I think once again, something’s brewing under the scope of the net. And it falls under the name of Hoodwink.d It’s a bit esoteric as to what it is and what you’d use it for, but I think that’s part of the charm/lure. It’s definitely for first adopters.
I haven’t tried it, but basically, it’s an RSS feed for commenters of blogs.
I think this is actually a pretty neat technology, even if it has horrific implications as to what you can do with it. But it’s like any new technology, you’ll have people for and against it for any number of reasons.
But don’t be quick to jump the gun. It is more of a motion influencer, rather than an actual mind controller. It makes you feel like in order to keep your balance, you need to swerve left or right.
The technology is called galvanic vestibular stimulation — essentially, electricity messes with the delicate nerves inside the ear that help maintain balance.
I felt a mysterious, irresistible urge to start walking to the right whenever the researcher turned the switch to the right. I was convinced — mistakenly — that this was the only way to maintain my balance.
I think there is potential for good and evil here. I think the article mentions some more evil ways to use it. I will ruminate on the good ones.
Humans are social creatures, and generally like to feel like they’re coordinated, to be a part of something bigger. An example of this feeling that I’m talking about is the euphoria of band members or dancers after a performance that went well. A more advanced version of this technology can centrally orchestrate collaborative movements, whether it’s a game or performance. And eventually, it would become an experience, when everyone’s in sync. Some will like it. Others won’t. Just as some like bungee jumping, and others don’t.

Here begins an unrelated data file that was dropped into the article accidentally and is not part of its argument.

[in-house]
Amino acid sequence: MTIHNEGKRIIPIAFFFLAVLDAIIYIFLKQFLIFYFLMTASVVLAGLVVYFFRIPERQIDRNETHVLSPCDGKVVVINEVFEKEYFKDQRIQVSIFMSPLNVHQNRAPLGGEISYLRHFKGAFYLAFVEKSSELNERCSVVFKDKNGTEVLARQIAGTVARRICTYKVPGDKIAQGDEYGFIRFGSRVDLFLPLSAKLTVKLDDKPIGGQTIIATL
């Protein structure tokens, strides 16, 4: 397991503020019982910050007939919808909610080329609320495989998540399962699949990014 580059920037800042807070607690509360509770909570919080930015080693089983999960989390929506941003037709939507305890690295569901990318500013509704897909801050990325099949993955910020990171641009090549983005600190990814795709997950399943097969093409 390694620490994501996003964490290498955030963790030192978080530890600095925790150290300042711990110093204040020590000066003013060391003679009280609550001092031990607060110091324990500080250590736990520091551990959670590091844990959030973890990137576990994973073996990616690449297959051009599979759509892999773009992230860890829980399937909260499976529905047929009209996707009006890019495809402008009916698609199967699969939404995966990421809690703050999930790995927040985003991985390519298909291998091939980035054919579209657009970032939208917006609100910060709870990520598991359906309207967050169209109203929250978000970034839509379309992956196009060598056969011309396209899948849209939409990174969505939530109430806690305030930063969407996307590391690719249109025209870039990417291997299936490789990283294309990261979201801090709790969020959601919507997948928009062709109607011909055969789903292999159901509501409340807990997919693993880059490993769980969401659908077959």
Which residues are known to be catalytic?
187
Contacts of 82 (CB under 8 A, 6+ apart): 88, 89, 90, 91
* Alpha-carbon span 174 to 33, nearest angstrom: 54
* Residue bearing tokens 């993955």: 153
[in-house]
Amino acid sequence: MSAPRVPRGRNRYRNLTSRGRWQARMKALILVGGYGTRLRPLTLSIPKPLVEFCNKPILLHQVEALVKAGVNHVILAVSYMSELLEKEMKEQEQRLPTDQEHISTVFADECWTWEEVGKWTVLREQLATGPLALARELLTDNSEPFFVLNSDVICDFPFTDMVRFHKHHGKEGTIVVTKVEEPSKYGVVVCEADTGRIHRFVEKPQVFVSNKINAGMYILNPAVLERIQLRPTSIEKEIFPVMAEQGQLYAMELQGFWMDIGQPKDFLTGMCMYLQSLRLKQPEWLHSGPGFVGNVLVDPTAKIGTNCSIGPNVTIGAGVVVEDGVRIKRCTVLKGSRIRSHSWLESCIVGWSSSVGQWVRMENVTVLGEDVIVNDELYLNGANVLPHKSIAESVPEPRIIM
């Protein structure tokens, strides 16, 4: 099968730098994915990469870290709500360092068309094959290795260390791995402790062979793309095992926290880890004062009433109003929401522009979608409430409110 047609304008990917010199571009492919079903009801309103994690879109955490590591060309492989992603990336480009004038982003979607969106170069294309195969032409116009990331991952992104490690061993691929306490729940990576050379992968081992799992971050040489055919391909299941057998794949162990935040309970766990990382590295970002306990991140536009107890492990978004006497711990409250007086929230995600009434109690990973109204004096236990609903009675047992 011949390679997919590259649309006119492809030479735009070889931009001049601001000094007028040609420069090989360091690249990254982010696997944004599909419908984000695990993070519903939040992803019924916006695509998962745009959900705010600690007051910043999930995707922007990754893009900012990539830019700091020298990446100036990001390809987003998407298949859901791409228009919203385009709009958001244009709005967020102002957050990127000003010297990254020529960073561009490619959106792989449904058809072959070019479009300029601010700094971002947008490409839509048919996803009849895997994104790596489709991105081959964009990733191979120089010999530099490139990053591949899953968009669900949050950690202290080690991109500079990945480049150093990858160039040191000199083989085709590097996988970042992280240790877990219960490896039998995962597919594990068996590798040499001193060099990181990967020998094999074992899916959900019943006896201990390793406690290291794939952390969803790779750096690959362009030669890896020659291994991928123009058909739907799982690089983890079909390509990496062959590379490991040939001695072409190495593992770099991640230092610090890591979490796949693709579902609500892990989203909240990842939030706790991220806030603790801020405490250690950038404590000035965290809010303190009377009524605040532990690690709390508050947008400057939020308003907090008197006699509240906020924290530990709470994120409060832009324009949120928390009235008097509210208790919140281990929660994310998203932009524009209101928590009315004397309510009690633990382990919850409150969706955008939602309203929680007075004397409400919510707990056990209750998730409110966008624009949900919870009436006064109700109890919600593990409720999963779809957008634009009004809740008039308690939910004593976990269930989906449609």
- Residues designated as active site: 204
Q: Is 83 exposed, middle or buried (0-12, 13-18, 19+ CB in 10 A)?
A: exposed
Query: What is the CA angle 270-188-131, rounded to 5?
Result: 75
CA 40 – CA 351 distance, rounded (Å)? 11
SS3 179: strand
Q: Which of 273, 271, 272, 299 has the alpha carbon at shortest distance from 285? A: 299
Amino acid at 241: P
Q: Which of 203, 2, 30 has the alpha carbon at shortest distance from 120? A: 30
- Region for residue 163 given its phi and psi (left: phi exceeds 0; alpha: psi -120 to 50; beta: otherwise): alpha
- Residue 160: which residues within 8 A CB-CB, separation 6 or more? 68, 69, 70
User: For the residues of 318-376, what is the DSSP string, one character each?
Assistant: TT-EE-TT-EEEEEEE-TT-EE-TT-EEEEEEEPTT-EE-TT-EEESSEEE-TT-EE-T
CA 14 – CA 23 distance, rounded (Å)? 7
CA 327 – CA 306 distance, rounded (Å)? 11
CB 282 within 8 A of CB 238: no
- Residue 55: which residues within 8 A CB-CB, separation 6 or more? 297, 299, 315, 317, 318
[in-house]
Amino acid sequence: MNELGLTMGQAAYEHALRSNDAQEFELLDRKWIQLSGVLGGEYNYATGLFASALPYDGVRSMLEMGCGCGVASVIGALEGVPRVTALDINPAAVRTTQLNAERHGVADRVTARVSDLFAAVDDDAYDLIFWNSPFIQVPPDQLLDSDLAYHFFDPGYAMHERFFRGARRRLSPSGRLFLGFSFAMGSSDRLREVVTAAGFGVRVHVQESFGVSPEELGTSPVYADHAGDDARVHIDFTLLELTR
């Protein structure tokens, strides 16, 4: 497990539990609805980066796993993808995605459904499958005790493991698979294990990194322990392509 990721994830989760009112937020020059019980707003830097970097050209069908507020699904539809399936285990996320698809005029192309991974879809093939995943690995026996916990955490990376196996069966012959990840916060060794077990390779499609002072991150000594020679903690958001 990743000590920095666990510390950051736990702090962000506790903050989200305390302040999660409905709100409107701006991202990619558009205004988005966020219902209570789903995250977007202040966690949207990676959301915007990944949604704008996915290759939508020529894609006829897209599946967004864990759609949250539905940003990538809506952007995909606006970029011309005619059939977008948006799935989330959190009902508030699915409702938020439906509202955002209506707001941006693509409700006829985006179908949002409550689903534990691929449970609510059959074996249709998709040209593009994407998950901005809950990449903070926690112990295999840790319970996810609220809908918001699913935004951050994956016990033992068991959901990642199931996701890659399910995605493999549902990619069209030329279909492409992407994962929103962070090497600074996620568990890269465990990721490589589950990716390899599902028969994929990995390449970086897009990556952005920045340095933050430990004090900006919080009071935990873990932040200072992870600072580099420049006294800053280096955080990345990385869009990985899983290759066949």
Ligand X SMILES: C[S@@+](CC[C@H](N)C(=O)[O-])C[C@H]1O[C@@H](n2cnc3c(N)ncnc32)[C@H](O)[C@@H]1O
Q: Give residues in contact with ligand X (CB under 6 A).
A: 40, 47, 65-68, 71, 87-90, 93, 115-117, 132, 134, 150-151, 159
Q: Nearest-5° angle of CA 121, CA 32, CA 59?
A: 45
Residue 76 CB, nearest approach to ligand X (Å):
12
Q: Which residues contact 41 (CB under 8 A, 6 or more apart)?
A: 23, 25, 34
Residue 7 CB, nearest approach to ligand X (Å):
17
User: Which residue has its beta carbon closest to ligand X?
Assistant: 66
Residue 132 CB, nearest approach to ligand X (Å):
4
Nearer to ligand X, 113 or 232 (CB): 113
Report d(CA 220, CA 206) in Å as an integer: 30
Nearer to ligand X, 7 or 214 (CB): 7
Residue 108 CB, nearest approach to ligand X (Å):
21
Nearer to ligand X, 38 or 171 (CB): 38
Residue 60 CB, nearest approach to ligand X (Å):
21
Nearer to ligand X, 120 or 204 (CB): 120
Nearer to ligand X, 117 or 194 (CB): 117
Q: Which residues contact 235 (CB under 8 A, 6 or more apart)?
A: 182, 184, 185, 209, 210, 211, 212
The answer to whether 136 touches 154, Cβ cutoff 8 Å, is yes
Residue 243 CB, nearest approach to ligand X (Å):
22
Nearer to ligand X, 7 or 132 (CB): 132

It’s commonplace for me and every other fool to stand in front of the fridge with the door open, trying to decide what to eat….and being yelled by our mothers in the process.
So it came to me today…Why are refridgerator doors at home not made of glass, so you can look at food without opening the fridge?
Chris and I had been arguing about the nature of tagging. He believes that tagging should be an activity that’s private. He never looks at tags that other people have. I’m more on the side that tagging is an activity that’s public. The fact that you have thousands of people labeling things, there will be some overlap in calling it the same thing. In that way, you can find other related things.
I think I just realized the main difference between our philosophies is what type of keywords that we think we would employ. If the tags that you put on an object are intrinsic properties of the object, then there’s no problem that it is public. However, if the tags that you put on an object are properties of how it related to you, then that’s how they could be seen as private.